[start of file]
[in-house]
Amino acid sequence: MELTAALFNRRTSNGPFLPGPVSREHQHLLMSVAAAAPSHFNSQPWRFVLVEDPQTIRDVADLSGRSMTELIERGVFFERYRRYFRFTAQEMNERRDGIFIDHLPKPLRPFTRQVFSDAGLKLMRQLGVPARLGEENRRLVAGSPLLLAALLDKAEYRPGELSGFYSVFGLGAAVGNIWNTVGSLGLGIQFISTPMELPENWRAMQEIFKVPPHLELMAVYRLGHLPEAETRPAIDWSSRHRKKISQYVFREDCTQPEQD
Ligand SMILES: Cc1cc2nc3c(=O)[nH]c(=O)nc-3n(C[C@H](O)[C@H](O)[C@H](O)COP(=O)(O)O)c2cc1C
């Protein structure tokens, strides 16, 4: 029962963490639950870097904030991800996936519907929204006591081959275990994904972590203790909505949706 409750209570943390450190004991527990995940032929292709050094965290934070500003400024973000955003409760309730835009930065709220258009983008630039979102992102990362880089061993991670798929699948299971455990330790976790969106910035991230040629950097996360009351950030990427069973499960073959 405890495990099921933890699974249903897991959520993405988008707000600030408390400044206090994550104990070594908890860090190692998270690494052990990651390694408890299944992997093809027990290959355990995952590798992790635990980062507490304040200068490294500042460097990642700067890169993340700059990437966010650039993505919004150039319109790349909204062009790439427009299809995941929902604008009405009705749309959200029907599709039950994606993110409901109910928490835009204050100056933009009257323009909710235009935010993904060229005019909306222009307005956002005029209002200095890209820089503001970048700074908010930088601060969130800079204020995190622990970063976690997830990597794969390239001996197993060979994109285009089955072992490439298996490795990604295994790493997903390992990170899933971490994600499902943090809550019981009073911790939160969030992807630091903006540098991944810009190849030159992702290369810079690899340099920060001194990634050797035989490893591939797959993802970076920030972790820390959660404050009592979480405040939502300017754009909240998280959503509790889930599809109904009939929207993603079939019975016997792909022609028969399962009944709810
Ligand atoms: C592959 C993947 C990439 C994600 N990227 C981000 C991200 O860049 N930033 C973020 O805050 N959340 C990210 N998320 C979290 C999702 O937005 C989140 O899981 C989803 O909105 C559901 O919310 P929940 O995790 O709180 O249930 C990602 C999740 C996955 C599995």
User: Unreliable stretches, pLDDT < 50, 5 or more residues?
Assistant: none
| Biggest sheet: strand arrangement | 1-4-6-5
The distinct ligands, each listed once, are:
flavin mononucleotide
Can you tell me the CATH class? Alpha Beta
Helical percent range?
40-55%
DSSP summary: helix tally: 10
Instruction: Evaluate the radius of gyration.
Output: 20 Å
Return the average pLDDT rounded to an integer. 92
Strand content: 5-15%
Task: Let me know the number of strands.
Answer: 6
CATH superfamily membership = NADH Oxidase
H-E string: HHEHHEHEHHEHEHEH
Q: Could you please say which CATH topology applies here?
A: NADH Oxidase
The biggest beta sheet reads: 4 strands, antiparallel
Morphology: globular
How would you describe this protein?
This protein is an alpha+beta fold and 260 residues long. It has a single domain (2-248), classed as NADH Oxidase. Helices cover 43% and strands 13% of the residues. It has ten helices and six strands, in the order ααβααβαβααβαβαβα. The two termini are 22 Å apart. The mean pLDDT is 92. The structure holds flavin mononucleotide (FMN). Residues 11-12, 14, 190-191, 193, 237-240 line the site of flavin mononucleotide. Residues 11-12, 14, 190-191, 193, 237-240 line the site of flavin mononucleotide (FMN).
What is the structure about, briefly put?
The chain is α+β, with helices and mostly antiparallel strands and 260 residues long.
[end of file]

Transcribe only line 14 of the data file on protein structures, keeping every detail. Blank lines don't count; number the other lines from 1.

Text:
DSSP summary: helix tally: 10